10 Practical Tips to Improve Your Papercut Art Skills
Written by  Daisie Team
Published on 9 min read


  1. Choose the right paper
  2. Select the correct cutting tools
  3. Practice basic cutting techniques
  4. Learn to cut complex designs
  5. Adopt a steady hand
  6. Develop patience
  7. Create your own designs
  8. Experiment with colors
  9. Try 3D papercutting
  10. Showcase your work

If you're here, you've probably caught the papercut art bug, and now you're hungry to level up your skills. Whether you're a beginner or a seasoned papercut artist looking to add more flair to your creations, these ten practical tips are just what you need to take your papercut art to the next level. Let's dive right into the first tip on our journey to getting better at papercut art.

1. Choose the Right Paper

When it comes to papercut art, the type of paper you use can make a world of difference. Just like a painter wouldn't use a flimsy canvas, you don't want to start your masterpiece on a paper that's too thin or too thick. Here's what you need to know:

Thickness: The thickness of the paper, measured in grams per square meter (gsm), can affect how easy it is to cut and how the final piece looks. A thicker paper (130-150 gsm) can be great for beginners, as it's more forgiving and less likely to tear. As you start getting better at papercut art, you might want to experiment with thinner paper (80-120 gsm) for more delicate and intricate designs.

Texture: Smooth paper is typically easier to cut than textured paper. However, textured paper can give your artwork a unique look and feel. It's all about what you prefer and what fits the design you're going for.

Color: While white paper is a common choice for papercut art, don't be afraid to mix it up! Colored paper can add an extra layer of depth and interest to your designs. Plus, it can save you the time and effort of painting or coloring in your cuts later.

It's always a good idea to experiment with different types of paper to find out what works best for you. Remember, the journey to getting better at papercut art is all about exploration and trying new things. So, grab your scissors, pick your paper, and let's keep cutting!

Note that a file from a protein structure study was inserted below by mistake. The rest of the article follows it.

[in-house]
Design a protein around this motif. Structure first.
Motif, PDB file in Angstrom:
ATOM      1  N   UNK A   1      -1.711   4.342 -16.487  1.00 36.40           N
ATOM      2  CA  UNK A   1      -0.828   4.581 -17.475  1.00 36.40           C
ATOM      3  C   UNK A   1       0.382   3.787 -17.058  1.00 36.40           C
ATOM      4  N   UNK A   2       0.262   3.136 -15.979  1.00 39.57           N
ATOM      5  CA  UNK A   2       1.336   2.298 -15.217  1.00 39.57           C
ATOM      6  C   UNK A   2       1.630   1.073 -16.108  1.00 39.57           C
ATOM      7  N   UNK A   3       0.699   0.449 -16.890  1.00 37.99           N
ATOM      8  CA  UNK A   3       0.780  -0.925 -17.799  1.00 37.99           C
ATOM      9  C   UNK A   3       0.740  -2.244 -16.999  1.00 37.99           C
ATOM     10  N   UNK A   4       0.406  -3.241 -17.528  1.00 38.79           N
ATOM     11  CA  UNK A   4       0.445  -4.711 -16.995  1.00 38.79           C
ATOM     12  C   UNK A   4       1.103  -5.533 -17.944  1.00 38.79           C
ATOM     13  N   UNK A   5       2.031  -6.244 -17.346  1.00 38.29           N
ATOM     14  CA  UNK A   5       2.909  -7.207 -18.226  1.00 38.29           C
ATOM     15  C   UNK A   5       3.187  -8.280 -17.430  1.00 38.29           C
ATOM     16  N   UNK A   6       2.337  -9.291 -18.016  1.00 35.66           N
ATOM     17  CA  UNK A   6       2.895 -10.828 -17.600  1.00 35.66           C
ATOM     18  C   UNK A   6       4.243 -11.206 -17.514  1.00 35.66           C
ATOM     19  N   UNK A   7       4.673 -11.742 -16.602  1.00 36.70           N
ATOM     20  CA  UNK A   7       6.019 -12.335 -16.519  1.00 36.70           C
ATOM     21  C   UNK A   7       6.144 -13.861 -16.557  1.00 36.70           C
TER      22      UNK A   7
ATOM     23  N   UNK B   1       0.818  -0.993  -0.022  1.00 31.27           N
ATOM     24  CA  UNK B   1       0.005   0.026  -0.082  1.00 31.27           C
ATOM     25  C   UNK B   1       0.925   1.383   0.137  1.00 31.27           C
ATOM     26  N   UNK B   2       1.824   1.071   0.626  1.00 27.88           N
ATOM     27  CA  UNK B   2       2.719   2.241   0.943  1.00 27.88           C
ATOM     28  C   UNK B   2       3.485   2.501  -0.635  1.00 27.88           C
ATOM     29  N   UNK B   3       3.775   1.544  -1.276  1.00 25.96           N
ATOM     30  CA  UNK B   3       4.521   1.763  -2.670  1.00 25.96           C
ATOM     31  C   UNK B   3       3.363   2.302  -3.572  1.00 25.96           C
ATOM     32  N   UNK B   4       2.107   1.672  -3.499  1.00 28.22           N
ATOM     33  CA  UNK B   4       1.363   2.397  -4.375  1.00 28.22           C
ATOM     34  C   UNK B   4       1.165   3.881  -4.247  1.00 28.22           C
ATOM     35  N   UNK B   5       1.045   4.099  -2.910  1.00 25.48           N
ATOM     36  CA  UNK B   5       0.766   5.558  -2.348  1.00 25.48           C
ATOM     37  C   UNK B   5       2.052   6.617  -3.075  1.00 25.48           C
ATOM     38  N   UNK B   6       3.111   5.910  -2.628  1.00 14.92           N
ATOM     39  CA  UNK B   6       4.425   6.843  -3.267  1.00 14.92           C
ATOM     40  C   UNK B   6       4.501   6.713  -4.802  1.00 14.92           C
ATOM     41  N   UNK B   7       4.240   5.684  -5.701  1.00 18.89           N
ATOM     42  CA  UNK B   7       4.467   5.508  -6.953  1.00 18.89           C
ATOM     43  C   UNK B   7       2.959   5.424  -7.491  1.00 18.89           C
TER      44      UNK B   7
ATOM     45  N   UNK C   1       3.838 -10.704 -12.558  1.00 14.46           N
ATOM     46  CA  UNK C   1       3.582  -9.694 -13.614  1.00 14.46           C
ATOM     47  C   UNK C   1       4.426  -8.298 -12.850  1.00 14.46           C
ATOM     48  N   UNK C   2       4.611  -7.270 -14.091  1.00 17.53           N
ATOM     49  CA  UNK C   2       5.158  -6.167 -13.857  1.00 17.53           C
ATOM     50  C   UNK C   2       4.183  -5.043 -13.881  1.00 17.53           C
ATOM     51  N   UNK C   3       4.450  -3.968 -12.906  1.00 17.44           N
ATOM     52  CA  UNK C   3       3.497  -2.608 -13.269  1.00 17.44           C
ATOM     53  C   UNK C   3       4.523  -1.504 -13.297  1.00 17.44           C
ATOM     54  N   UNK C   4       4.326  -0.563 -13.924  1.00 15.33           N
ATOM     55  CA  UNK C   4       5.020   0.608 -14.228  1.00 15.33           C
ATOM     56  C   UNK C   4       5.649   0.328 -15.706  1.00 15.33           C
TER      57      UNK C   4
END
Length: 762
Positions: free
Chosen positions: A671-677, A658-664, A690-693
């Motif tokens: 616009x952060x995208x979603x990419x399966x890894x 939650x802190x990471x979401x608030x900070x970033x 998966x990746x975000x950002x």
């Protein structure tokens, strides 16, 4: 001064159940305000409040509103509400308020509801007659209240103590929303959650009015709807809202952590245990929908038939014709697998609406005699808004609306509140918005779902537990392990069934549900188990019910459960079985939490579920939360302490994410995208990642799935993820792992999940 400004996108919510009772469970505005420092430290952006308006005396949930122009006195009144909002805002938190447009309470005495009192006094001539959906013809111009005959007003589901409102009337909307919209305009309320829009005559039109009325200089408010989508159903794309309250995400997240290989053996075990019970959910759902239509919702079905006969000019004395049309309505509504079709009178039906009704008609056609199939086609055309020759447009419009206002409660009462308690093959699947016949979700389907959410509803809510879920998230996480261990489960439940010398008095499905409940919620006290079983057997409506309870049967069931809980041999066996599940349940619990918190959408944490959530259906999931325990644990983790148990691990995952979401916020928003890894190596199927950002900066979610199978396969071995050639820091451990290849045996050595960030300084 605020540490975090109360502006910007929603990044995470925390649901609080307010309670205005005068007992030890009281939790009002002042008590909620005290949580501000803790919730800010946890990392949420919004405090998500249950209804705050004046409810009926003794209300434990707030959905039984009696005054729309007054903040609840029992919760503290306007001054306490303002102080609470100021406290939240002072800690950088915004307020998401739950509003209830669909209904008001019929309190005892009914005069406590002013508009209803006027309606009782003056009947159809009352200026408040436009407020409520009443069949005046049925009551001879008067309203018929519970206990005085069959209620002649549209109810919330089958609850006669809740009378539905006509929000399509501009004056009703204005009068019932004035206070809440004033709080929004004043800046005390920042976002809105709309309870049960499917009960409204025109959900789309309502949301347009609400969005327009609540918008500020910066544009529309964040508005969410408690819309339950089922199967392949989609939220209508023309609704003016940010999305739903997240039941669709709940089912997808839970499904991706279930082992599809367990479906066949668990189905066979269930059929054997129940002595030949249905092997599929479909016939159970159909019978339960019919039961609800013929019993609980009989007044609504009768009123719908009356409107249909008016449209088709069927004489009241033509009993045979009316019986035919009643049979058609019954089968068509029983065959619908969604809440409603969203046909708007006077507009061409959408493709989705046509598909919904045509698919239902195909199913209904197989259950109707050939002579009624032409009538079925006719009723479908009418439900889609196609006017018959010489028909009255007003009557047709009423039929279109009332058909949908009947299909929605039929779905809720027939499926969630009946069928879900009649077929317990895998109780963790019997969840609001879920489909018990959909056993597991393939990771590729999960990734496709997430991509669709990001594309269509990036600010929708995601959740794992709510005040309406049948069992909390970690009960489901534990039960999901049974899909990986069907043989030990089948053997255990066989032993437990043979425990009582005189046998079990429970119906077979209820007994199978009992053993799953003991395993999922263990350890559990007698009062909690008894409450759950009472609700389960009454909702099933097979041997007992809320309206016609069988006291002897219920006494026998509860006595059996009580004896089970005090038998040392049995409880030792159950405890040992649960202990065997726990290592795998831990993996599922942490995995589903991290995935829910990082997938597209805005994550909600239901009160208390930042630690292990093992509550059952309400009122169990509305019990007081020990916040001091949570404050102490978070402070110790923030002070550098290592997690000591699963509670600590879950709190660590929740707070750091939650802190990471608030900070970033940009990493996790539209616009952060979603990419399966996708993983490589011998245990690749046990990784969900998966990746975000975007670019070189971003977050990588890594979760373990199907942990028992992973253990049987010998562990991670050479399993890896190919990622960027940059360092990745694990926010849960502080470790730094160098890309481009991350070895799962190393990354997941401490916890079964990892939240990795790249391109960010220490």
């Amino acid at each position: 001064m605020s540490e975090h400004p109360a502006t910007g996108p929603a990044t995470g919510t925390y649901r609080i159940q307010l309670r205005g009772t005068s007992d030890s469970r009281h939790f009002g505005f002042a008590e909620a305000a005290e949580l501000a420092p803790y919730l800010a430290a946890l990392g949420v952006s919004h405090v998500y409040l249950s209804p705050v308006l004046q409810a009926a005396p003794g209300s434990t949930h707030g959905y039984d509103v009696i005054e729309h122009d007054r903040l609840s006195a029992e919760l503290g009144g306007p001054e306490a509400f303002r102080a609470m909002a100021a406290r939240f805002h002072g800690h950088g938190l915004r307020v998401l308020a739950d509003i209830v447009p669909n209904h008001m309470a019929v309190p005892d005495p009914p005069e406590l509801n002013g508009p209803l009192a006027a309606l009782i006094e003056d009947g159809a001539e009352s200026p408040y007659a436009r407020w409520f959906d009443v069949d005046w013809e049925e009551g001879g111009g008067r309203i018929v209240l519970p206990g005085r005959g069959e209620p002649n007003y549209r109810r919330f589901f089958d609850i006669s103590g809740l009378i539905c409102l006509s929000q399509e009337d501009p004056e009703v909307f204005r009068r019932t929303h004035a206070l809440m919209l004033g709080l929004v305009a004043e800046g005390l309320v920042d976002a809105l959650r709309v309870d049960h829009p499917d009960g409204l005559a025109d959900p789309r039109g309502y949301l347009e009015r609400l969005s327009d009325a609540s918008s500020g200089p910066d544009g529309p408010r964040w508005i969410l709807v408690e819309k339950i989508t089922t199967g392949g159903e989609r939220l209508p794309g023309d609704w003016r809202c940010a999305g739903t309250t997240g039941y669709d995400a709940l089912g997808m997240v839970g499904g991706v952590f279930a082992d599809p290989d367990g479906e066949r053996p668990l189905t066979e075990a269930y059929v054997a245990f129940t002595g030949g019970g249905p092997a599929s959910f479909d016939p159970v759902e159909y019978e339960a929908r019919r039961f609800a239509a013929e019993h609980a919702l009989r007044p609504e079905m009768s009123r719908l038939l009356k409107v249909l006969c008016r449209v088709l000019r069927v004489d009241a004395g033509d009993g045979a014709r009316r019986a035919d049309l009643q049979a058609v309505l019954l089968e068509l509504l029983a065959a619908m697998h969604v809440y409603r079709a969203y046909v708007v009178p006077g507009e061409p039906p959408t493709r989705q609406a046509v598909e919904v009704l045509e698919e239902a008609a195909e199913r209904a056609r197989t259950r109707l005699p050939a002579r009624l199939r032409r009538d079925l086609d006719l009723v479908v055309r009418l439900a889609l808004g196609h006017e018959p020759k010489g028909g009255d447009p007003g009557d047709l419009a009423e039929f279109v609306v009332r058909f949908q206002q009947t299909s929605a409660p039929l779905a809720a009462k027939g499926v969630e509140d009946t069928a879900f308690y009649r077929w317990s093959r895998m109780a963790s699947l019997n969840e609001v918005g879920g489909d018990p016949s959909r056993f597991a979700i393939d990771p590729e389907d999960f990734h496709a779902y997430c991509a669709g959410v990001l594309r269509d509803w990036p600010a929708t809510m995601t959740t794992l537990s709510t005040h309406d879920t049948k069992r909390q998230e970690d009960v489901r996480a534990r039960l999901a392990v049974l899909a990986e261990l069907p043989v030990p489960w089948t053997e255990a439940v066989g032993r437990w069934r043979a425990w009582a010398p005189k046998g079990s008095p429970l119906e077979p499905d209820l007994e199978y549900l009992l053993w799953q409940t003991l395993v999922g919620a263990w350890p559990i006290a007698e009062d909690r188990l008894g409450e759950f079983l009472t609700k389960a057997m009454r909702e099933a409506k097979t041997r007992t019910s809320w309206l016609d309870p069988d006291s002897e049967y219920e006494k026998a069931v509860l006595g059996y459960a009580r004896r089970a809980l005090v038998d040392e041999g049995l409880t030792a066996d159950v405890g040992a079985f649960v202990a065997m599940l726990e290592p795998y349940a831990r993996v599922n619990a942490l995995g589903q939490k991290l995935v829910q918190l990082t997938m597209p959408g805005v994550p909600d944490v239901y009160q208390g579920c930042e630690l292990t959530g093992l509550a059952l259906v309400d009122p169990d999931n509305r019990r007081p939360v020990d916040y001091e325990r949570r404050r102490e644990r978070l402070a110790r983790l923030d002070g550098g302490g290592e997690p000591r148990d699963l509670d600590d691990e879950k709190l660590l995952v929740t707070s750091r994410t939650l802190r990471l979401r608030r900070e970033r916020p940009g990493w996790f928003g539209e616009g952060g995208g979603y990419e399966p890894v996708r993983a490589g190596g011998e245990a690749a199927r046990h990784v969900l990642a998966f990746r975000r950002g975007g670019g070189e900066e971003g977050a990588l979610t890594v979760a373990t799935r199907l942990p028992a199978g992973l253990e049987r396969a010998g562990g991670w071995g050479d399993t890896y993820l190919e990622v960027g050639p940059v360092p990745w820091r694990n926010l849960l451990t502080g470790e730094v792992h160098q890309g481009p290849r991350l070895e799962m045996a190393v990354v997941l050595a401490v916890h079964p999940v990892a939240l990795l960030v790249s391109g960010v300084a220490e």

2. Select the Correct Cutting Tools

Just as a chef depends on a sharp knife to make precise cuts, a papercut artist needs the right tools to create intricate designs. You might have started with a pair of scissors, but to get better at papercut art, you'll need to gear up with a few more items:

Precision Knife: This is the meat-and-potatoes of a papercut artist's tool kit. A precision knife allows for sharp, accurate cuts, helping you turn simple sheets of paper into complex works of art. X-Acto is a popular brand among artists, but any precision knife with a comfortable grip and replaceable blades will do the trick.

Cutting Mat: Protect your work surface (and your tools) with a self-healing cutting mat. These mats absorb the cuts from your knife, preventing damage to your table and ensuring your blade lasts longer. Tip: Choose a mat that's larger than your paper size, so you have plenty of space to work.

Extra Blades: A dull blade can lead to imprecise cuts and a lot of frustration. Keep a stash of extra blades handy, so you can switch out as soon as you notice your knife losing its sharpness. Remember, in the world of papercut art, sharp means safe.

Choosing the right tools is just as important as mastering the cutting techniques. With the correct tools in your hands, you're one step closer to becoming a papercut virtuoso. So, ready to make the cut?

3. Practice Basic Cutting Techniques

Remember when you first learned to write? You started with simple shapes, like circles and lines, before moving on to letters and words. Getting better at papercut art is a similar process: you start with the basics and gradually work your way up. Here are some fundamental cutting techniques to practice:

Straight Cut: This is the simplest type of cut, but it's also the foundation of many designs. Practice cutting straight lines of different lengths and angles. Try to make your cuts as smooth and even as possible. This will help you when you're creating geometric designs or cutting out letters.

Curved Cut: Curved cuts are a bit trickier than straight cuts, but they open up a world of design possibilities. Start by cutting simple shapes like circles and ovals. As you get comfortable, move on to more complex curves and spirals. These skills will come in handy when you're crafting detailed floral designs or whimsical characters.